A perfectly spherical satellite with a radius of 4 feet is being packed for shipment to its launch site. If the inside dimensions of the rectangular crates available for shipment, when measured in feet, are consecutive even integers, then what is the volume of the smallest available crate that can be used?
(Note: the volume of a sphere is given by the equation v=(4/3)pie r^3 .)

(A) 48
(B) 192
(C) 480
(D) 960
(E) 1,680

Since the radius of the satellite is 4 feet, the diameter is 8 feet. So the minimum inside dimensions of the crate need to be 8 by 8 by 8.

Since the inside dimensions of the crate are consecutive even integers, the smallest such crate that can be used would have the dimension 8 by 10 by 12.

The volume of such a crate would be 8*10*12 = 960 cubic feet

I have no clue what was just discussed?VeritasPrepKarishma.. what is the Question please? any diagrams?

You have a sphere (satellite) which you have to fit into into a rectangular box (crate).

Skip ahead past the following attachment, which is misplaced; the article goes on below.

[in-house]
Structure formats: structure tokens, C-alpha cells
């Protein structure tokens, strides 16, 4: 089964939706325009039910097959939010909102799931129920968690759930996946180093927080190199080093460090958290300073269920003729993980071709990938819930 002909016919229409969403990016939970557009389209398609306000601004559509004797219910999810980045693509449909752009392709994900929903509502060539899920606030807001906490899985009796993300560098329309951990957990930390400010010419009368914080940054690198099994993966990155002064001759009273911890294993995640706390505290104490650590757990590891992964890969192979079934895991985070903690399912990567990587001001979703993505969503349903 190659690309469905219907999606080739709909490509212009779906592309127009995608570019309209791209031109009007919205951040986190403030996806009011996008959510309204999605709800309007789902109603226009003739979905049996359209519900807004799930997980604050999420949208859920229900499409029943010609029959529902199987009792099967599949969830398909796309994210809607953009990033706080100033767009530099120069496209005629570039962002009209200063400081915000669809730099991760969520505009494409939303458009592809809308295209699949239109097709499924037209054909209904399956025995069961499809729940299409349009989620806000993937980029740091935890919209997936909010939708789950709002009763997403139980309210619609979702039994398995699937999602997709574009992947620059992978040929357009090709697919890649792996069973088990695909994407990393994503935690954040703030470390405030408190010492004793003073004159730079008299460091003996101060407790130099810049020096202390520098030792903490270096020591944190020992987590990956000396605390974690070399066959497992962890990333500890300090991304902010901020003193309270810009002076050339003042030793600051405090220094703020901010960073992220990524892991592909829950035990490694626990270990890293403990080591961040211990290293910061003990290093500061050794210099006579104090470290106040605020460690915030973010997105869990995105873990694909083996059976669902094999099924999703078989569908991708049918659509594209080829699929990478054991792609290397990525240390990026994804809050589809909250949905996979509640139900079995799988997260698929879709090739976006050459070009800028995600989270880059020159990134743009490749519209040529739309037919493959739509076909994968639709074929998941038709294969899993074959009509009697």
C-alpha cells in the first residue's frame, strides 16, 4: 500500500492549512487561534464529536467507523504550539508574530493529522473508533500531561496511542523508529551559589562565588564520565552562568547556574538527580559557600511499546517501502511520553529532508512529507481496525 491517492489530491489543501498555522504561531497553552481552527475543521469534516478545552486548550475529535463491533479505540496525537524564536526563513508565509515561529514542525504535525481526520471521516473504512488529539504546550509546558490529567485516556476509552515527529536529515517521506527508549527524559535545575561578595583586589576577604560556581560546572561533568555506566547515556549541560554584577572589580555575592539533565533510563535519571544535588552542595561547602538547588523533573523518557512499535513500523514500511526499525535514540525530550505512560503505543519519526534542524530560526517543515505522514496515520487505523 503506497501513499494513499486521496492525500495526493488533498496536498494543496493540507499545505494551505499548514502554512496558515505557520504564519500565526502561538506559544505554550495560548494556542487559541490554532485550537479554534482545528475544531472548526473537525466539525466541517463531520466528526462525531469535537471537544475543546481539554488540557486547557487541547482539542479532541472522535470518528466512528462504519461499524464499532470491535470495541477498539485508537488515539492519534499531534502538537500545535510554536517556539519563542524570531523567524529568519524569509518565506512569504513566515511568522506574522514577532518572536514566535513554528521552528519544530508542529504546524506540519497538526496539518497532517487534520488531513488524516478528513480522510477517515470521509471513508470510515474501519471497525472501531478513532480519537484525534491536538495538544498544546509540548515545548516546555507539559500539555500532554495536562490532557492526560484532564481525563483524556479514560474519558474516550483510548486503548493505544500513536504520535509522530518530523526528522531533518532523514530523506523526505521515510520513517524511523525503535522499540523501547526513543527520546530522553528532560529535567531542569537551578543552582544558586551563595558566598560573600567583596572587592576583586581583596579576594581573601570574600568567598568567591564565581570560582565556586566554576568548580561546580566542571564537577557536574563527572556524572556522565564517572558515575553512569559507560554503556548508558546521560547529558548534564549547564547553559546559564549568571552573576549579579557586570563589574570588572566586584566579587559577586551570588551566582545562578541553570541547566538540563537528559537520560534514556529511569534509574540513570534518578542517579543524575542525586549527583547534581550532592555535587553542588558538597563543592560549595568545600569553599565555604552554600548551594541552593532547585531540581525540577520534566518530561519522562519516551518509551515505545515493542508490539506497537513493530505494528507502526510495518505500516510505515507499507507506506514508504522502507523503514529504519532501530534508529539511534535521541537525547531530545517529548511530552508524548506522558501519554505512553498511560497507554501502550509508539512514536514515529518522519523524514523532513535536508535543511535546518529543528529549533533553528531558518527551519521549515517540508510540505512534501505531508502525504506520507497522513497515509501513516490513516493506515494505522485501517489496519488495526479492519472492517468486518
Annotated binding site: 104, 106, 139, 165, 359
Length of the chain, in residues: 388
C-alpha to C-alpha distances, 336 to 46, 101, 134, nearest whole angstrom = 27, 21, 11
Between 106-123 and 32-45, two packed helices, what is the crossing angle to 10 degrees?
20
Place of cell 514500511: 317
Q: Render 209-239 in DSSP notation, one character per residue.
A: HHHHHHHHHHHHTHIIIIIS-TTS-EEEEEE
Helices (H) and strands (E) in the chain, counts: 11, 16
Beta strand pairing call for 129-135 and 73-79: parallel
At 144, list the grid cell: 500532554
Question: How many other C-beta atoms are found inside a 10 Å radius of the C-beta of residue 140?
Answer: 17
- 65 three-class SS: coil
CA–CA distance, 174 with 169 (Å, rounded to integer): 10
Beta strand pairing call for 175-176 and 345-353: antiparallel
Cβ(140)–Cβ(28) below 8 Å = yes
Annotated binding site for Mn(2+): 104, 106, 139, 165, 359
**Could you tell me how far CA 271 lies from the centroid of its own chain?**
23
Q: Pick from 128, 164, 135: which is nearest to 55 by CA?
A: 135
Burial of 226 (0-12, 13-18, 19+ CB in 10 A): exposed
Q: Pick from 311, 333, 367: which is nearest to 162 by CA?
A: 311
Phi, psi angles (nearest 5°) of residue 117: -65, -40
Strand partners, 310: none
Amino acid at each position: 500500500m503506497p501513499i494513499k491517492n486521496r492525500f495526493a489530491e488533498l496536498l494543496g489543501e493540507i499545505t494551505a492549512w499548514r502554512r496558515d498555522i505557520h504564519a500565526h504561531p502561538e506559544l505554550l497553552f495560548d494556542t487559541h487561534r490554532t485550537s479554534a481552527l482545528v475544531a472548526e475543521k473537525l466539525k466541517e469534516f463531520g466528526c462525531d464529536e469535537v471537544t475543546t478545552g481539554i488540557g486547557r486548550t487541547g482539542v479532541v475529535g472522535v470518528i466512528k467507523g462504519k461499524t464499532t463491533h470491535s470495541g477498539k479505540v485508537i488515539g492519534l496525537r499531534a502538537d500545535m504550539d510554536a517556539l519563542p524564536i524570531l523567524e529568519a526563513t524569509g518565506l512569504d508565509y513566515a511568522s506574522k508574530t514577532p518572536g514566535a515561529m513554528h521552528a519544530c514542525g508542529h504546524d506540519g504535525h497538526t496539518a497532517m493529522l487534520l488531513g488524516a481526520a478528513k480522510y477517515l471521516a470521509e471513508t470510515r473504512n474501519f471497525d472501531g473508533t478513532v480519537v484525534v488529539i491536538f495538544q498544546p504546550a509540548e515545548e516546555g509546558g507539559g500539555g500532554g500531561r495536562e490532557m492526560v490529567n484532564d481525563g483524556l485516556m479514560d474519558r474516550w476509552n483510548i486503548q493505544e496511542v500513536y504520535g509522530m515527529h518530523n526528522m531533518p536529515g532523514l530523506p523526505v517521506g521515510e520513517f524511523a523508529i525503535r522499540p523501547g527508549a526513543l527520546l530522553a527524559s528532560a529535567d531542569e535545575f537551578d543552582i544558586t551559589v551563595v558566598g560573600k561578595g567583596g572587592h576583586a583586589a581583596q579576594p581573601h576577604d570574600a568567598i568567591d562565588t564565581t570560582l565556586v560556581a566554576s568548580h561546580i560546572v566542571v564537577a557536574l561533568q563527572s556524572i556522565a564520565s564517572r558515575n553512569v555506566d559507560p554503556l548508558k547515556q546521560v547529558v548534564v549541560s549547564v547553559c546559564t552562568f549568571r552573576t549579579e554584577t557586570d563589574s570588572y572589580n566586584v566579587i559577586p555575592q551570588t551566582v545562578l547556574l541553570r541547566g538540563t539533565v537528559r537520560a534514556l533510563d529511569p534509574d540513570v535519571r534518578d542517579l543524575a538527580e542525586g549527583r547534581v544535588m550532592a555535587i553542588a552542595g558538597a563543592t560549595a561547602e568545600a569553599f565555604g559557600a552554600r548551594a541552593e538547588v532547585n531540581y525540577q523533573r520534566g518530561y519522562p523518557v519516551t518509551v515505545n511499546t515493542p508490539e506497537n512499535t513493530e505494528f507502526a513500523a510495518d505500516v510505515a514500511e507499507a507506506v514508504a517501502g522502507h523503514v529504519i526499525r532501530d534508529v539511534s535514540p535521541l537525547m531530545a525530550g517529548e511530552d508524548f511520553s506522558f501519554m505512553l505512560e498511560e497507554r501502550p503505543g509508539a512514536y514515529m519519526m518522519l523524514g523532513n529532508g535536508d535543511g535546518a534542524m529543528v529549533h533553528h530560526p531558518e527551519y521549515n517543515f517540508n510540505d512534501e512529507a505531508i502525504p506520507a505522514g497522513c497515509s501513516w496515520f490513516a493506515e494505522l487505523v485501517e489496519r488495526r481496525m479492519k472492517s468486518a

For the sphere to fit into the box, the diameter of the sphere should be less than or equal to the length, breadth and height of the box.
Hope it all makes sense now.
_________________
Karishma
Veritas Prep GMAT Instructor

Learn more about how Veritas Prep can help you achieve a great GMAT score by checking out their GMAT Prep Options >
Director
Status: Come! Fall in Love with Learning!
Joined: 05 Jan 2017
Posts: 531
Location: India
Re: A perfectly spherical satellite with a radius of 4 feet is being packe  [#permalink]

### Show Tags

08 Mar 2017, 01:33
since the radius is 4 ft. the smallest side should be equal to the diameter. hence the shortest side will be 8ft and therefore the rest of the side will be 10ft and 12 ft.

volume will be 8 x 10 x 12 = 960 ft^3

Option D
_________________
GMAT Mentors
Senior Manager
Joined: 24 Nov 2015
Posts: 490
Location: United States (LA)
Re: A perfectly spherical satellite with a radius of 4 feet is being packe  [#permalink]

### Show Tags

08 Mar 2017, 03:19